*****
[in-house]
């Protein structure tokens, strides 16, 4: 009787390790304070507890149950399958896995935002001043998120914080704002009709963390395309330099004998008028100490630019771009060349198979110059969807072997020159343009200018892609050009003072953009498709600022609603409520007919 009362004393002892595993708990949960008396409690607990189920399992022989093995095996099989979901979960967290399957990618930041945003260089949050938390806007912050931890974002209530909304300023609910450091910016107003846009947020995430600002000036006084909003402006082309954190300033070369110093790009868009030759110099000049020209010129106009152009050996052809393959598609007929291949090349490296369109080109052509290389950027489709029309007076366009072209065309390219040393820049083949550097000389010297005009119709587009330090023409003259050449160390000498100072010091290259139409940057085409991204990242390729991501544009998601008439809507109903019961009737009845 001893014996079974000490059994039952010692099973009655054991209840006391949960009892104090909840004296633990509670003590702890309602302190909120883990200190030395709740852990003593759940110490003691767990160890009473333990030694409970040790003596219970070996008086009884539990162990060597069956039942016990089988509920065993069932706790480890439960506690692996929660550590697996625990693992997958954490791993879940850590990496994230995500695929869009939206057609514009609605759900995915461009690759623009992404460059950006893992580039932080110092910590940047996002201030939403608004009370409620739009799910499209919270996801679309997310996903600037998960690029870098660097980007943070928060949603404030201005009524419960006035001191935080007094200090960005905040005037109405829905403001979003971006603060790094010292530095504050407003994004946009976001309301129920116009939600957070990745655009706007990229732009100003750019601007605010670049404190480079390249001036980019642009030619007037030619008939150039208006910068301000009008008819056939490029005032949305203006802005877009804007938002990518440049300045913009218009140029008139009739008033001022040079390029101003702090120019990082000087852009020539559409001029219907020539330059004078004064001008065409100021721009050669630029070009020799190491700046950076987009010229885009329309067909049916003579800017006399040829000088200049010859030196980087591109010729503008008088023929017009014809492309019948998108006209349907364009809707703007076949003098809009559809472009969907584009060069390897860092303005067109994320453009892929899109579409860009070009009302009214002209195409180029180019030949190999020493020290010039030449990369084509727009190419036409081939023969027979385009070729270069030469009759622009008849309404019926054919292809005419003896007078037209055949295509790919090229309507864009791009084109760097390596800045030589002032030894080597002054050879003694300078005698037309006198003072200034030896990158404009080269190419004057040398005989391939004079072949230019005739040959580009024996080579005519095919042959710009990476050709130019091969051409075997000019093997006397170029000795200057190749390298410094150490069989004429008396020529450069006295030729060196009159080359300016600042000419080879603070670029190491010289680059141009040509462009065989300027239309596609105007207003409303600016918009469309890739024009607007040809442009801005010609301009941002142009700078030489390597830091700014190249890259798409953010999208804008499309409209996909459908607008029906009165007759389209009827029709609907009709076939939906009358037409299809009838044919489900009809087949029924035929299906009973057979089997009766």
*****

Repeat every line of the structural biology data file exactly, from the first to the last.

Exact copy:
[in-house]
């Protein structure tokens, strides 16, 4: 009787390790304070507890149950399958896995935002001043998120914080704002009709963390395309330099004998008028100490630019771009060349198979110059969807072997020159343009200018892609050009003072953009498709600022609603409520007919 009362004393002892595993708990949960008396409690607990189920399992022989093995095996099989979901979960967290399957990618930041945003260089949050938390806007912050931890974002209530909304300023609910450091910016107003846009947020995430600002000036006084909003402006082309954190300033070369110093790009868009030759110099000049020209010129106009152009050996052809393959598609007929291949090349490296369109080109052509290389950027489709029309007076366009072209065309390219040393820049083949550097000389010297005009119709587009330090023409003259050449160390000498100072010091290259139409940057085409991204990242390729991501544009998601008439809507109903019961009737009845 001893014996079974000490059994039952010692099973009655054991209840006391949960009892104090909840004296633990509670003590702890309602302190909120883990200190030395709740852990003593759940110490003691767990160890009473333990030694409970040790003596219970070996008086009884539990162990060597069956039942016990089988509920065993069932706790480890439960506690692996929660550590697996625990693992997958954490791993879940850590990496994230995500695929869009939206057609514009609605759900995915461009690759623009992404460059950006893992580039932080110092910590940047996002201030939403608004009370409620739009799910499209919270996801679309997310996903600037998960690029870098660097980007943070928060949603404030201005009524419960006035001191935080007094200090960005905040005037109405829905403001979003971006603060790094010292530095504050407003994004946009976001309301129920116009939600957070990745655009706007990229732009100003750019601007605010670049404190480079390249001036980019642009030619007037030619008939150039208006910068301000009008008819056939490029005032949305203006802005877009804007938002990518440049300045913009218009140029008139009739008033001022040079390029101003702090120019990082000087852009020539559409001029219907020539330059004078004064001008065409100021721009050669630029070009020799190491700046950076987009010229885009329309067909049916003579800017006399040829000088200049010859030196980087591109010729503008008088023929017009014809492309019948998108006209349907364009809707703007076949003098809009559809472009969907584009060069390897860092303005067109994320453009892929899109579409860009070009009302009214002209195409180029180019030949190999020493020290010039030449990369084509727009190419036409081939023969027979385009070729270069030469009759622009008849309404019926054919292809005419003896007078037209055949295509790919090229309507864009791009084109760097390596800045030589002032030894080597002054050879003694300078005698037309006198003072200034030896990158404009080269190419004057040398005989391939004079072949230019005739040959580009024996080579005519095919042959710009990476050709130019091969051409075997000019093997006397170029000795200057190749390298410094150490069989004429008396020529450069006295030729060196009159080359300016600042000419080879603070670029190491010289680059141009040509462009065989300027239309596609105007207003409303600016918009469309890739024009607007040809442009801005010609301009941002142009700078030489390597830091700014190249890259798409953010999208804008499309409209996909459908607008029906009165007759389209009827029709609907009709076939939906009358037409299809009838044919489900009809087949029924035929299906009973057979089997009766």